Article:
Cory Turner at NPR:
Some families and advocates have filed lawsuits arguing schools broke federal disability law by providing insufficient services in the spring. The Individuals with Disabilities Education Act and Section 504 of the Rehabilitation Act guarantee students with disabilities the right to a free appropriate public education and protect them from discrimination. In spite of the ongoing pandemic, those laws "have not changed," says Diane Smith Howard, with the National Disability Rights Network. "Those laws have not been repealed. There are no waivers to those laws. So they are in effect."
David Jeck, the superintendent of schools in Fauquier County, Va., believes the reason there haven't been more lawsuits is because, in the early months of the pandemic, parents of children with disabilities seemed to extend school leaders a certain amount of "grace."
He describes the jump to remote learning as "every school leader's greatest nightmare," and says parents understood "that we're only human. We're going to do the best we can, and that's what we did."
This fall is "a different animal," he says. "We've had more time to plan. We've had more time to prepare." And schools may no longer be able to count on the "grace" of parents.Serena McNiff at Healthday:
"The burden of stress on the families of children with disabilities is significant, and even more so during the pandemic when the supports typically available are not accessible, and interaction with extended family and friends is not possible," said Dr. Olaf Kraus de Camargo, an associate professor of pediatrics at McMaster University in Hamilton, Ontario, Canada.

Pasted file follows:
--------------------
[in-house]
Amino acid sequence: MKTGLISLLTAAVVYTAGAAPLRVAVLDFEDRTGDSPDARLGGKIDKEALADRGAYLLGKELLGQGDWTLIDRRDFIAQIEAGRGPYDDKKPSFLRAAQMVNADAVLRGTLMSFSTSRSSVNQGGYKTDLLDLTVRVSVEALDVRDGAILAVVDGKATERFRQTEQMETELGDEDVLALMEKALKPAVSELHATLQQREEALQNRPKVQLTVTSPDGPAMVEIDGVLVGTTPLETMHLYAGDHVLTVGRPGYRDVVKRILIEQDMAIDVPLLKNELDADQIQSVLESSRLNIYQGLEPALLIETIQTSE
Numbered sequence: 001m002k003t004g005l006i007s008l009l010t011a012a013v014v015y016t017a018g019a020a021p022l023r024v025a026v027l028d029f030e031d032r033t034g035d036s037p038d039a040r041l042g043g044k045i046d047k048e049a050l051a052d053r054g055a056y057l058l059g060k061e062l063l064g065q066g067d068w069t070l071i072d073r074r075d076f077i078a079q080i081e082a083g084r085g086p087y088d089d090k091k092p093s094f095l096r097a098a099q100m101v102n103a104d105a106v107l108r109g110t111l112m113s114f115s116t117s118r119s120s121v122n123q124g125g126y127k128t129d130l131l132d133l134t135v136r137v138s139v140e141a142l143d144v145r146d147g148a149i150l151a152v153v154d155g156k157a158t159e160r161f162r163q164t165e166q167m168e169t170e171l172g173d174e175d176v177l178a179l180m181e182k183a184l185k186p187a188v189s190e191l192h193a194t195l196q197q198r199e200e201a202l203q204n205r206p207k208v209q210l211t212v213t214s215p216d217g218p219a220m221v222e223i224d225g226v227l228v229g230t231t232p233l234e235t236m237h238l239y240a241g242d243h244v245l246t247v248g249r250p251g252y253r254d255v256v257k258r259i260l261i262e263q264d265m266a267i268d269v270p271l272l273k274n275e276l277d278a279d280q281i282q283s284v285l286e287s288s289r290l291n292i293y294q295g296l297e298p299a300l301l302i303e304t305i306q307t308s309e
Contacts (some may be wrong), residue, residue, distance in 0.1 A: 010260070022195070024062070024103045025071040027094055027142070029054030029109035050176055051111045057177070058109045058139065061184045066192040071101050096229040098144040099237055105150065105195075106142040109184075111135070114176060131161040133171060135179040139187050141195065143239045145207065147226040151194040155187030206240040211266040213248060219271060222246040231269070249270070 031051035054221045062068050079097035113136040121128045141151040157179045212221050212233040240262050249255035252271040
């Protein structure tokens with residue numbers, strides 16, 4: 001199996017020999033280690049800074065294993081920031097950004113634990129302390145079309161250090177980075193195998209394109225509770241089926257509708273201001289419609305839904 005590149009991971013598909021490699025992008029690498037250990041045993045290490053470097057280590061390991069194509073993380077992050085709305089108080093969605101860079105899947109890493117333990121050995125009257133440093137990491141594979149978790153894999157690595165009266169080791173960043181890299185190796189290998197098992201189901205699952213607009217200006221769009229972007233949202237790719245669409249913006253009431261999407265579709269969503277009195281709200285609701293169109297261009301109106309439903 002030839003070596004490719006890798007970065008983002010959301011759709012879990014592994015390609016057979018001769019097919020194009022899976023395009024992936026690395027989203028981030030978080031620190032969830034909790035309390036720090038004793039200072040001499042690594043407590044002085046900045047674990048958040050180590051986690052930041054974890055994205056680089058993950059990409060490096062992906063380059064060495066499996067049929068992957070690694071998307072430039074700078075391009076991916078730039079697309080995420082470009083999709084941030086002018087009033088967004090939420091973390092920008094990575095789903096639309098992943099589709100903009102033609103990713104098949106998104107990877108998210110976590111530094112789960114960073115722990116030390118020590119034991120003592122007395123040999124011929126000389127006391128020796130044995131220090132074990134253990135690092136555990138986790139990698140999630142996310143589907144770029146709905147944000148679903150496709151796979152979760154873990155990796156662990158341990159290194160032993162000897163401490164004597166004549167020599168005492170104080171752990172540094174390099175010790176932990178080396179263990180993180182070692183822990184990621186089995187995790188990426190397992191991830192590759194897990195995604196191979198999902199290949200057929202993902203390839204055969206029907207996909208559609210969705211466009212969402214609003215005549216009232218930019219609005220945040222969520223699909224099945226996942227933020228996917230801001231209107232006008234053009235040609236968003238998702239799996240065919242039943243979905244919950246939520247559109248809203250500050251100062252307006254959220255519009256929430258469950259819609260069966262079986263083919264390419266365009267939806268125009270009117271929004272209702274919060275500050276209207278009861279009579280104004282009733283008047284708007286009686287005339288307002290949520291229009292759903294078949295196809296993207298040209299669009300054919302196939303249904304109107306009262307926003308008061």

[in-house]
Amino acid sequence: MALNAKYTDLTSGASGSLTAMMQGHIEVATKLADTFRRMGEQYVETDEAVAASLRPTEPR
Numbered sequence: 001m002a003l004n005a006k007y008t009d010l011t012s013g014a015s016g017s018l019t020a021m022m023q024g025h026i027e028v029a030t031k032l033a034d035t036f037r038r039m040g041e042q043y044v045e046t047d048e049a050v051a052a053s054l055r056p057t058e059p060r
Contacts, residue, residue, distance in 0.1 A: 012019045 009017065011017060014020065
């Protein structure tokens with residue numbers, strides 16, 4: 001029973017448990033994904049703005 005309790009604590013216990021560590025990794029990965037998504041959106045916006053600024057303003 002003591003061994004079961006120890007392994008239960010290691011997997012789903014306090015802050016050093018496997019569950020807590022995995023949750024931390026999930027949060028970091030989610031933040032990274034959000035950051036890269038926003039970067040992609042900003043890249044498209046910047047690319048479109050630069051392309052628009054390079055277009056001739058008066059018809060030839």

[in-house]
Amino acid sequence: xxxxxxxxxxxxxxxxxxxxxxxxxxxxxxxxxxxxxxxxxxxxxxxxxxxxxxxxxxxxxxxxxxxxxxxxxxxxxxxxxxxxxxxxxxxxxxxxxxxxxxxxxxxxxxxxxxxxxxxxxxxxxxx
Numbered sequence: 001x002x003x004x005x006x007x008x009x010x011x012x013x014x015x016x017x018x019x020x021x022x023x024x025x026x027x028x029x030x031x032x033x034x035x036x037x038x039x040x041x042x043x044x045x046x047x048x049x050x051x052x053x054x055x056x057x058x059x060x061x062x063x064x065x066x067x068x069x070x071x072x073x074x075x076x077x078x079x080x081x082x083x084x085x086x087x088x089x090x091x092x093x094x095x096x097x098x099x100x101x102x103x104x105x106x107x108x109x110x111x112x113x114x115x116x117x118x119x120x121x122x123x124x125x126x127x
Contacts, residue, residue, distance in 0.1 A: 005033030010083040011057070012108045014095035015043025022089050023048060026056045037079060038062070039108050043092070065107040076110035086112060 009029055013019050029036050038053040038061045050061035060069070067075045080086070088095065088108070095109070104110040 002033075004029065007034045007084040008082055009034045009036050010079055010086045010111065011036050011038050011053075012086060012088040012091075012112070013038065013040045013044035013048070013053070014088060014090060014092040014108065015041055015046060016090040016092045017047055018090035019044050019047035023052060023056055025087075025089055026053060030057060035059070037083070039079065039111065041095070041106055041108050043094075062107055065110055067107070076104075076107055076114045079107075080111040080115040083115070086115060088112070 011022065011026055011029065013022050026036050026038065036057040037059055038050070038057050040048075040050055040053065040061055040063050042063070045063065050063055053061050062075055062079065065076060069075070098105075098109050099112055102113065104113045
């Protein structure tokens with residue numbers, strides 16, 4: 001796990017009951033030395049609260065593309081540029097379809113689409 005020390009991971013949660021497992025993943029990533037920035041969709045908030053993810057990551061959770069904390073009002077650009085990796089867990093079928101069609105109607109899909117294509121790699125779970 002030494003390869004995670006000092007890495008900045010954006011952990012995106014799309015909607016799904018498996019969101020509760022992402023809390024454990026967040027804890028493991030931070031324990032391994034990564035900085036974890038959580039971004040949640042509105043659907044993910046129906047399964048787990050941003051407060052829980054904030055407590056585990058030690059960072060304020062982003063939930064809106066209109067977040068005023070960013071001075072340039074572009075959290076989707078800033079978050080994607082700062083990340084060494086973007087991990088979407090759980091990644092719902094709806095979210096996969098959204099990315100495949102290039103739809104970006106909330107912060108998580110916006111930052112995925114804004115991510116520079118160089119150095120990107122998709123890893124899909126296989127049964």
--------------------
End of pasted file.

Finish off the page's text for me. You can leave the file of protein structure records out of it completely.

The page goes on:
In normal times, a child with autism, for example, may participate in peer-to-peer workshops to help them develop their social skills. But conducting this kind of workshop virtually may not be feasible or effective.
And without school, autistic children with social deficiencies are missing out on building essential social skills. "Some schools have social communication classrooms," Kraus de Camargo said. "They have a social-skills training for these kids that have been very successful in making them more comfortable in social interactions."
Without these kinds of services, children's development can regress. "They can lose the ground they gained during treatment," Kraus de Camargo explained.
Kraus de Camargo gave one example of an 8-year-old autistic boy who refuses to eat normally—a condition called pediatric feeding disorder. "Before the pandemic, he was making progress by participating in feeding workshops, which helped him to tolerate different foods and textures," Kraus de Camargo said. "Since March, he has stopped trying new foods and now is back to only McDonald's french fries and Fruitopia."
The boy's mother was afraid to take her son to the doctor for fear of him catching COVID-19. "This child is regressing in his skills and probably already has nutritional deficiencies," Kraus de Camargo added.Taylor Hannon at School Transportation News:
Board-certified behavior analyst Patrick Mulick, who is also a frequent speaker at the TSD Conference and STN EXPO, addressed this need during an Aug. 12 webinar on re-engaging students with special needs as they make their way back to school.
Mulick said that while many people have reacted to the pandemic with various levels of fear, students with disabilities are often ill-equipped to deal with change. He noted that anxiety is also the main emotion experienced by children who have autism because of the unpredictable nature of simply walking out their front door.